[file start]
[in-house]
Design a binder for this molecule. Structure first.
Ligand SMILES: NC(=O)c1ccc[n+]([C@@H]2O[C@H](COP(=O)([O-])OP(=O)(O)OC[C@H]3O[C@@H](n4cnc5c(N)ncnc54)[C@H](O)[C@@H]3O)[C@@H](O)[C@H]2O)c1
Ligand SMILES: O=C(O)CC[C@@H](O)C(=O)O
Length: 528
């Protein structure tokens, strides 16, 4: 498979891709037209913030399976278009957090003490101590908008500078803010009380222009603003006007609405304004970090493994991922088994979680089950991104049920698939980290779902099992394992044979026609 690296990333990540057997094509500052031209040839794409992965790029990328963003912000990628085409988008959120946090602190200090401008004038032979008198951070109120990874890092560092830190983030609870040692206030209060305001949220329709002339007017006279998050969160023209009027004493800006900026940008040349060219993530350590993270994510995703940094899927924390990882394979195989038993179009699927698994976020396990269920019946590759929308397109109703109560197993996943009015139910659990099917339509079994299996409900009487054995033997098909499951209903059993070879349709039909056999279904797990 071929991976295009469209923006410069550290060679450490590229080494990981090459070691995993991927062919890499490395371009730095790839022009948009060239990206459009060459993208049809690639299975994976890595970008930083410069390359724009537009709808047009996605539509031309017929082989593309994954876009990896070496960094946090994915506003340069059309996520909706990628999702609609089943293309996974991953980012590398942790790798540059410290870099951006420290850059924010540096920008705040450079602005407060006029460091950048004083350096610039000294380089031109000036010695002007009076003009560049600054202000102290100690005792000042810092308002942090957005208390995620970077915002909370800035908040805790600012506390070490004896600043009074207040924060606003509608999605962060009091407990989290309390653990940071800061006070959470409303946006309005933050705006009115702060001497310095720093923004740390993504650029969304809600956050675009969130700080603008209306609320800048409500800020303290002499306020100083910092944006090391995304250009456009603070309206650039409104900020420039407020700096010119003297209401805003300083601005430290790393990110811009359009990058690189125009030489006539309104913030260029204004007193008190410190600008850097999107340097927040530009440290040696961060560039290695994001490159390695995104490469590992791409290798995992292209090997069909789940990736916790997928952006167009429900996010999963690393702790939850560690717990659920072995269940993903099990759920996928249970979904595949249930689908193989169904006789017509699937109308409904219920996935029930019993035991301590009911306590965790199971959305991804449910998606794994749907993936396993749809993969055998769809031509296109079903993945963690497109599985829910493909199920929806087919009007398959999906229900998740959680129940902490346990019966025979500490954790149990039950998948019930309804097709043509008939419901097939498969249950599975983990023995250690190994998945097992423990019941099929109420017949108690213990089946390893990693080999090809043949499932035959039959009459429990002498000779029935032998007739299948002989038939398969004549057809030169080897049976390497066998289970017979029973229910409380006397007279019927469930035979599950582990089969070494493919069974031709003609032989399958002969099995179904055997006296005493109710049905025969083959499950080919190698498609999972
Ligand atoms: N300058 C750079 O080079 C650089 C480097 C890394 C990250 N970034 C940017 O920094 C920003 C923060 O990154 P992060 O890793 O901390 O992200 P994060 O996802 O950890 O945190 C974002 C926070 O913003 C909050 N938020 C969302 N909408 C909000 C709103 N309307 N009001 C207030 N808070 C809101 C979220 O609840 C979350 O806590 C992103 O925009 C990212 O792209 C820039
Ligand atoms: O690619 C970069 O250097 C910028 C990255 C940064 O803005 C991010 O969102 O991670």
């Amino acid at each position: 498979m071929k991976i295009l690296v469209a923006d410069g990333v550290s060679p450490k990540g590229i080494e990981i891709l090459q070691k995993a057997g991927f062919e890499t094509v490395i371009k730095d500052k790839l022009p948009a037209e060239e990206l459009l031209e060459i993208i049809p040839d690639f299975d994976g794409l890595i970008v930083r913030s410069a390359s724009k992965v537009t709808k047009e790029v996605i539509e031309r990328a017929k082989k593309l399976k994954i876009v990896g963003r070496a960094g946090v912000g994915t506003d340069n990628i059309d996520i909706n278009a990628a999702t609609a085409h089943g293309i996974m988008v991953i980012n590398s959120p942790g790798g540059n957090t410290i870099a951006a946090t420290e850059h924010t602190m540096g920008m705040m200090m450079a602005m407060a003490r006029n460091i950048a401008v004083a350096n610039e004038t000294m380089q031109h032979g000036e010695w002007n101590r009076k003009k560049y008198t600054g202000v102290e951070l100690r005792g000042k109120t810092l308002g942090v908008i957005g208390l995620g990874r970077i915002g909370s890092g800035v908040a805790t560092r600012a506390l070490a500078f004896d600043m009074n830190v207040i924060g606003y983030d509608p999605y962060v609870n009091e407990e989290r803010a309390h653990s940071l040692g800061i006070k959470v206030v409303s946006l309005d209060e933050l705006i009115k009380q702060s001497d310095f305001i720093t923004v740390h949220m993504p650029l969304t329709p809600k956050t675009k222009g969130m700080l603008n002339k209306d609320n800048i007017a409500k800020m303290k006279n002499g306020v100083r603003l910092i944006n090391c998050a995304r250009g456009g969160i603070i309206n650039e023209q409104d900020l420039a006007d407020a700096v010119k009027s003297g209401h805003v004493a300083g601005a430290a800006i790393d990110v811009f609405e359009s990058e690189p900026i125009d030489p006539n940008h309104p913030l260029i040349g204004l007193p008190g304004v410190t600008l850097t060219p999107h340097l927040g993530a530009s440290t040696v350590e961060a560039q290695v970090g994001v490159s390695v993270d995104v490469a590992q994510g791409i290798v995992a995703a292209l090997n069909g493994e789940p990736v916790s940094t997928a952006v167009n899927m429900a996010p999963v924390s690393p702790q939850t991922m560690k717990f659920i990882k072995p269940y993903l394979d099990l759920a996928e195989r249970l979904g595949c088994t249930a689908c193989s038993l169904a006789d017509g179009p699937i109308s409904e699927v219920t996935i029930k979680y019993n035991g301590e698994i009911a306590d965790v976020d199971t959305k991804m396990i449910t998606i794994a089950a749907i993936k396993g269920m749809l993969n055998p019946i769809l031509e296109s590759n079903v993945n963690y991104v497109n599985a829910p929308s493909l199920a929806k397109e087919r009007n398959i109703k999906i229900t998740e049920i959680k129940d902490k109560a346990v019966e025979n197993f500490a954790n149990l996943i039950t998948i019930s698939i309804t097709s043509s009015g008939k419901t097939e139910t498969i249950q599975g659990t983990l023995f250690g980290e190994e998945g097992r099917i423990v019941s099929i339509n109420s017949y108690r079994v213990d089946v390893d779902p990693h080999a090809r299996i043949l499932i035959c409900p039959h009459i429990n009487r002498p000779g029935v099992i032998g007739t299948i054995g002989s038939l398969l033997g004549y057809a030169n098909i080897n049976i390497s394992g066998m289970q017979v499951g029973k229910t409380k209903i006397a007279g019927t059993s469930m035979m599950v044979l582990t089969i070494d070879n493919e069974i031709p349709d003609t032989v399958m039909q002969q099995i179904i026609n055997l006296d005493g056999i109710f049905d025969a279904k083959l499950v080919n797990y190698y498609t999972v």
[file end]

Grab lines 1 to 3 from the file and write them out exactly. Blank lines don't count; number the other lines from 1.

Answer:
[in-house]
Design a binder for this molecule. Structure first.
Ligand SMILES: NC(=O)c1ccc[n+]([C@@H]2O[C@H](COP(=O)([O-])OP(=O)(O)OC[C@H]3O[C@@H](n4cnc5c(N)ncnc54)[C@H](O)[C@@H]3O)[C@@H](O)[C@H]2O)c1